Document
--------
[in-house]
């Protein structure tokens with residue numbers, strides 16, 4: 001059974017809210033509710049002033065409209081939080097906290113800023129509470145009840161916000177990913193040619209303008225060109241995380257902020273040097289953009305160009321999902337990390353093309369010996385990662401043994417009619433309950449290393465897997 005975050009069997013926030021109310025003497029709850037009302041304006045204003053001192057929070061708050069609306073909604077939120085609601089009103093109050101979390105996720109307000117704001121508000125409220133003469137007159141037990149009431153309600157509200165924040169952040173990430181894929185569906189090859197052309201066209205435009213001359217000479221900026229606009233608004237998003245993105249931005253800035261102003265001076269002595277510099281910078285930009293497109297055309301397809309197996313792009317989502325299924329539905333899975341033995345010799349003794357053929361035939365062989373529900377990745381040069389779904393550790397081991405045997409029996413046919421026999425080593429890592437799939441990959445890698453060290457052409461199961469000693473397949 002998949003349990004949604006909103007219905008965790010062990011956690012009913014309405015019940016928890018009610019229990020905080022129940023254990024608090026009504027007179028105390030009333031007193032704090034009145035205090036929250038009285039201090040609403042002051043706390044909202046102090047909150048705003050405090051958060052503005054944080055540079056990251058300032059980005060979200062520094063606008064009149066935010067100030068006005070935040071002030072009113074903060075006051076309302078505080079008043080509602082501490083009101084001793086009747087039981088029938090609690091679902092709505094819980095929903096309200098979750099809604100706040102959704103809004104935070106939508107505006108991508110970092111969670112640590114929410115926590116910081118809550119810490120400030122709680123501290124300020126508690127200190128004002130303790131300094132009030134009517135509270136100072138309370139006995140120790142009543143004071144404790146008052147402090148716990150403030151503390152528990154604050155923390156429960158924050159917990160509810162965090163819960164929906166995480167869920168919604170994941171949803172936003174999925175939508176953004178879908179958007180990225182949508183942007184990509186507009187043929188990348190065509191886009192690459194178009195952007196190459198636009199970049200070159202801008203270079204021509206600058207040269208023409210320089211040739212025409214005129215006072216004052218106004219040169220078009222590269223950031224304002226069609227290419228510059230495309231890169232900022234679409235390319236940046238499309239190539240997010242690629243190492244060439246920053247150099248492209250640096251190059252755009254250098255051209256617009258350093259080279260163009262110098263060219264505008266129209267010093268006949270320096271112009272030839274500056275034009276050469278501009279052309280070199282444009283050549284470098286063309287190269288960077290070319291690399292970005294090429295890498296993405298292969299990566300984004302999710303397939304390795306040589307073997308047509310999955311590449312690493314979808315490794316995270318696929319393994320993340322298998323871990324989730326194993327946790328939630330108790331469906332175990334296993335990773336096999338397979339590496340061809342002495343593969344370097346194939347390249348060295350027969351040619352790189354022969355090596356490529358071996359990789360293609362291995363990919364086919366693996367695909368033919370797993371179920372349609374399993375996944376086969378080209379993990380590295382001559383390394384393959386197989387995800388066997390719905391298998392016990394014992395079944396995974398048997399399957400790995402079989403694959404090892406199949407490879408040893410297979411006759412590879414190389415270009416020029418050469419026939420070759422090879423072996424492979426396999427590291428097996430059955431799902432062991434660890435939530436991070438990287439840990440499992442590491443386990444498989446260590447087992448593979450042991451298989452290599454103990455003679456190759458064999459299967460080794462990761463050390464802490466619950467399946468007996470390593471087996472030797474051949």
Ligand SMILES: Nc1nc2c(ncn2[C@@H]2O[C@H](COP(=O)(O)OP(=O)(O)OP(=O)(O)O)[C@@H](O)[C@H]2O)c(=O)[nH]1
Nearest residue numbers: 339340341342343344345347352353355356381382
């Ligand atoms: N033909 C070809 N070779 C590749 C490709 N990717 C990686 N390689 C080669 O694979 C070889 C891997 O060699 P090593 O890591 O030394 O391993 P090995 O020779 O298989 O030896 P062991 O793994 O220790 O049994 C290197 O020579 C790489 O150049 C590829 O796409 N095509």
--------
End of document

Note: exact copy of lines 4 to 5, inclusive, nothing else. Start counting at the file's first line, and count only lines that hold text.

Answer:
Nearest residue numbers: 339340341342343344345347352353355356381382
């Ligand atoms: N033909 C070809 N070779 C590749 C490709 N990717 C990686 N390689 C080669 O694979 C070889 C891997 O060699 P090593 O890591 O030394 O391993 P090995 O020779 O298989 O030896 P062991 O793994 O220790 O049994 C290197 O020579 C790489 O150049 C590829 O796409 N095509």